When the storms of life threaten to swamp you realize that part of what keeps you safe are the relationships with in your life. And most importantly your relationship with God. Sometimes when the storm gets dark we find it hard to seek God, but that is when we need Him the most. Sometimes we feel like David did when he wrote Psalm 77:1-2 I cry out to God; yes, I shout. Oh, that God would listen to me! When I was in deep trouble, I searched for the Lord. All night long I prayed, with hands lifted toward heaven, but my soul was not comforted. Have you ever felt like that? Maybe it’s gone deeper, it did for David, Psalm 77:7-9 Has the Lord rejected me forever? Will he never again be kind to me? Is his unfailing love gone forever? Have his promises permanently failed? Has God forgotten to be gracious? Has he slammed the door on his compassion?
Have you been there? In the darkest days of your storm have you wondered if you have been abandoned? Maybe you just need to follow through as David did Psalm 77:11-14 But then I recall all you have done, O Lord; I remember your wonderful deeds of long ago. They are constantly in my thoughts. I cannot stop thinking about your mighty works. O God, your ways are holy. Is there any god as mighty as you? You are the God of great wonders! You demonstrate your awesome power among the nations. Stop and remember what God has done, he didn’t abandon you in the past and he won’t abandon you now. We need to remember Psalm 50:15 Then call on me when you are in trouble, and I will rescue you, and you will give me glory.”
The secret and the promise are found in Isaiah 43:2 When you go through deep waters, I will be with you. When you go through rivers of difficulty, you will not drown. When you walk through the fire of oppression, you will not be burned up; the flames will not consume you.
The word of God doesn’t say you won’t go through deep waters, or go through rivers of difficulty or walk through the fires of oppression, we are people we live on earth, that is life. Which may not be all that comforting but God is saying he is still on the throne and he is still in control.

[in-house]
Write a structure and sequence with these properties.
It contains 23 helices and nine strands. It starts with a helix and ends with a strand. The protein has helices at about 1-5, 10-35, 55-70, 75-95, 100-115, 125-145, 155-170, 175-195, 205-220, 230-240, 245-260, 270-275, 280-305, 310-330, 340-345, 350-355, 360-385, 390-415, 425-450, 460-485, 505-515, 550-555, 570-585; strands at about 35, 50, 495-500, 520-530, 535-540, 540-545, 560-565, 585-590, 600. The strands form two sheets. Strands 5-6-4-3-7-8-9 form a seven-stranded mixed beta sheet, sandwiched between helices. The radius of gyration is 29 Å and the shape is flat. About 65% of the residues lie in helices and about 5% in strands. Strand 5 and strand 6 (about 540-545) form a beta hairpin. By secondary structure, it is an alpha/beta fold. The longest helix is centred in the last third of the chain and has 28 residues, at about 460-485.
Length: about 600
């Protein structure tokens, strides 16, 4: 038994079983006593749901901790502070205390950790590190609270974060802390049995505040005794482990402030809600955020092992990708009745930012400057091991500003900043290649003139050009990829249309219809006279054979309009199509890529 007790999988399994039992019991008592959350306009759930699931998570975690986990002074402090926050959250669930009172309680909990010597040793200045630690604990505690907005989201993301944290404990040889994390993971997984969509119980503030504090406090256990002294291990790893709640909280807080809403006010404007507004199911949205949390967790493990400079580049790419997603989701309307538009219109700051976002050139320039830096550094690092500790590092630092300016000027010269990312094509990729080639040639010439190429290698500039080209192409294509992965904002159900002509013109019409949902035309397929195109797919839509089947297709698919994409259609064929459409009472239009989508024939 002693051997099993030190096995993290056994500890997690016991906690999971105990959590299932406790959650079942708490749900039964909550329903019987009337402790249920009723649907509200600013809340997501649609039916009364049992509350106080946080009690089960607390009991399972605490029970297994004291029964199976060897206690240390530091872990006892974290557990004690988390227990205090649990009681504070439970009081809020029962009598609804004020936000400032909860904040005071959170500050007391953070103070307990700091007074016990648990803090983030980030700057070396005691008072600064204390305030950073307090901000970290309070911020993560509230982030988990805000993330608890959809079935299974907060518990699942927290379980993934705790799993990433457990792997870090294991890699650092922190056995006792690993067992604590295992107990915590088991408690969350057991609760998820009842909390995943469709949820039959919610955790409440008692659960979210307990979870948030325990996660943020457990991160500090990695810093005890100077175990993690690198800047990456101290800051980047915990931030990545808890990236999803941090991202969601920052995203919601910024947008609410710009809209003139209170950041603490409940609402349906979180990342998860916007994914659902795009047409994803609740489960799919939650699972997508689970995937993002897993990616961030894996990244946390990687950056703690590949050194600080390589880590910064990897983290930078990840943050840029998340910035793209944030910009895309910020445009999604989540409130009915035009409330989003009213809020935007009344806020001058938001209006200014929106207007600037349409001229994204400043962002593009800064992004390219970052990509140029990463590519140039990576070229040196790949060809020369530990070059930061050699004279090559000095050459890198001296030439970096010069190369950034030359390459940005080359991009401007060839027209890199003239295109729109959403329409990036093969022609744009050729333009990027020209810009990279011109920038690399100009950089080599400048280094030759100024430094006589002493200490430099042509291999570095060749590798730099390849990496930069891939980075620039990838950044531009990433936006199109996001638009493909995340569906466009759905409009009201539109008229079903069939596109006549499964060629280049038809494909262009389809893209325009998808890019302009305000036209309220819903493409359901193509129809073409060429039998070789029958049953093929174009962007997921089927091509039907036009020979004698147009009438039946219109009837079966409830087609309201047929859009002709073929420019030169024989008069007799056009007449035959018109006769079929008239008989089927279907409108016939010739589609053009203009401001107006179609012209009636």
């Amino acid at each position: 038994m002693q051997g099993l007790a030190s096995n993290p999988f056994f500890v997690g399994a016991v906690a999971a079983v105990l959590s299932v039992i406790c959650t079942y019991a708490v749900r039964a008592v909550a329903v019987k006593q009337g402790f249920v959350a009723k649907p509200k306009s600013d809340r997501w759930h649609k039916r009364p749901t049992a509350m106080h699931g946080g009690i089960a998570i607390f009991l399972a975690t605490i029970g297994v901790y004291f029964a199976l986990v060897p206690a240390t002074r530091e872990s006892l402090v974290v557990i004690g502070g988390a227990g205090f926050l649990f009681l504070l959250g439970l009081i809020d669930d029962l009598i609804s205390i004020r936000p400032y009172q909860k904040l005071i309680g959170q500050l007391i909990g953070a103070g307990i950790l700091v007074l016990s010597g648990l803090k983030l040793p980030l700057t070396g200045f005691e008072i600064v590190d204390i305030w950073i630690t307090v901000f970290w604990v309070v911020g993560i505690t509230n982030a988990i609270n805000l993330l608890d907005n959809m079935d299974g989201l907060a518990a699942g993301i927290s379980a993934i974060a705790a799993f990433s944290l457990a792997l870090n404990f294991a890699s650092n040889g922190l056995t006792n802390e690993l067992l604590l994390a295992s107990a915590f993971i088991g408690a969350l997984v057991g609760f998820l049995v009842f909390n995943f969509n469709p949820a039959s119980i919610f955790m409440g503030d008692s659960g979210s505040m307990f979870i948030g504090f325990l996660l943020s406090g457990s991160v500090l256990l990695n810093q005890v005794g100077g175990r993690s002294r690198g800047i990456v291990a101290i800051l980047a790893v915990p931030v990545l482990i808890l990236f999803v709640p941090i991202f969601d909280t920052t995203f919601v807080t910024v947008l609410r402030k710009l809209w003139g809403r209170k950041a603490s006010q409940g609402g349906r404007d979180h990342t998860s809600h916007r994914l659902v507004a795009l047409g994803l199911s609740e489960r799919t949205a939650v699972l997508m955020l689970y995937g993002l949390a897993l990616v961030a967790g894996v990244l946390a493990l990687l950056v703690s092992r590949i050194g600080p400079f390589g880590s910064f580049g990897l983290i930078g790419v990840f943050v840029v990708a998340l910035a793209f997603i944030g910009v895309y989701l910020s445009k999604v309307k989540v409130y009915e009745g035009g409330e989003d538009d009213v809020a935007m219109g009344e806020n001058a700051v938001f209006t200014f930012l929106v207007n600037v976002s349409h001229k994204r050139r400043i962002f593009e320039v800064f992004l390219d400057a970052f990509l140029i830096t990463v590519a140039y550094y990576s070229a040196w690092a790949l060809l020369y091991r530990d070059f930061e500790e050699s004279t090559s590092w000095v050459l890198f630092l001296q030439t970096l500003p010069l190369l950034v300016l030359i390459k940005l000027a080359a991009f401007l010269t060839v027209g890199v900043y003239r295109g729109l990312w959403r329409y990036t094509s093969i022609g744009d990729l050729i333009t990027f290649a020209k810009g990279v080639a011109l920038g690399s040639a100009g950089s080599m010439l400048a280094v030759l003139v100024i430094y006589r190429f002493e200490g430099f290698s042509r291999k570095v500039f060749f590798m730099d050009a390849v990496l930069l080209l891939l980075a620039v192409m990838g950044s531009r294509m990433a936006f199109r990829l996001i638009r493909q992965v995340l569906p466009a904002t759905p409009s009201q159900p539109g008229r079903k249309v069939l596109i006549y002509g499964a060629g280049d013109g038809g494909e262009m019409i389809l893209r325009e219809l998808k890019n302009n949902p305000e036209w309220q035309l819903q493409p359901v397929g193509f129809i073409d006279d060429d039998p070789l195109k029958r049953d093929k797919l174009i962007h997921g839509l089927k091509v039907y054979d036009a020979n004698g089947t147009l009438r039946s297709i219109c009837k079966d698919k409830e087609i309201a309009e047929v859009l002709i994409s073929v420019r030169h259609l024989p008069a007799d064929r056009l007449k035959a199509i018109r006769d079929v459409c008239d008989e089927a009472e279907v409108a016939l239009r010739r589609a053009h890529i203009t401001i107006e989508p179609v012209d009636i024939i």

And let’s not forget our relationship with those who care for us most. Too often during those times you feel like you are all alone and that there is nobody there for you. But too often that is because we have put up walls of self pity and pride. We have said either with our words or our attitude “I don’t need your help or I don’t want your help.” But at some point you will have to acknowledge that you can’t do it yourself. Surround yourself with people who can be there for you. Heed the words of Solomon from Ecclesiastes 4:9-12 Two people are better off than one, for they can help each other succeed. If one person falls, the other can reach out and help. But someone who falls alone is in real trouble. Likewise, two people lying close together can keep each other warm. But how can one be warm alone? A person standing alone can be attacked and defeated, but two can stand back-to-back and conquer. Three are even better, for a triple-braided cord is not easily broken.
Author George M. Adams tells us “Fortify yourself with a flock of friends! You can select them at random, write to one, dine with one, visit one, or take your problems to one. There is always at least one who will understand, inspire, and give you the lift you may need at the time.”
I remind people to make sure there is at least one person they could call at three o’clock in the morning to post bail for them. Surround yourself with friends and family who can help you hold it together.
Aristotle reminds us “In poverty and other misfortunes of life, true friends are a sure refuge.” But as much as they might want to help they will only be able to if you let them.
The next thing they did was Acts 27:17-19 Then the sailors bound ropes around the hull of the ship to strengthen it. They were afraid of being driven across to the sandbars of Syrtis off the African coast, so they lowered the sea anchor to slow the ship and were driven before the wind. The next day, as gale-force winds continued to batter the ship, the crew began throwing the cargo overboard. The following day they even took some of the ship’s gear and threw it overboard.
They lowered the sea anchor to slow the ship. They knew they couldn’t control where they were going but they could do what they had to slow it down and regain some control. Sea anchors are usually like canvas bags that you toss overboard and they increase the drag of the ship, they won’t stop you but they will slow you down. And if you don’t have the right thing than you need to use the next best thing. The night we lost our engines off of PEI on the Rali II we had been mid water trawling, and that meant we pulled a large net behind our vessel that was held open by large metal wings, that were called doors, and we dropped those overboard on cables to increase our drag so we wouldn’t be blown ashore.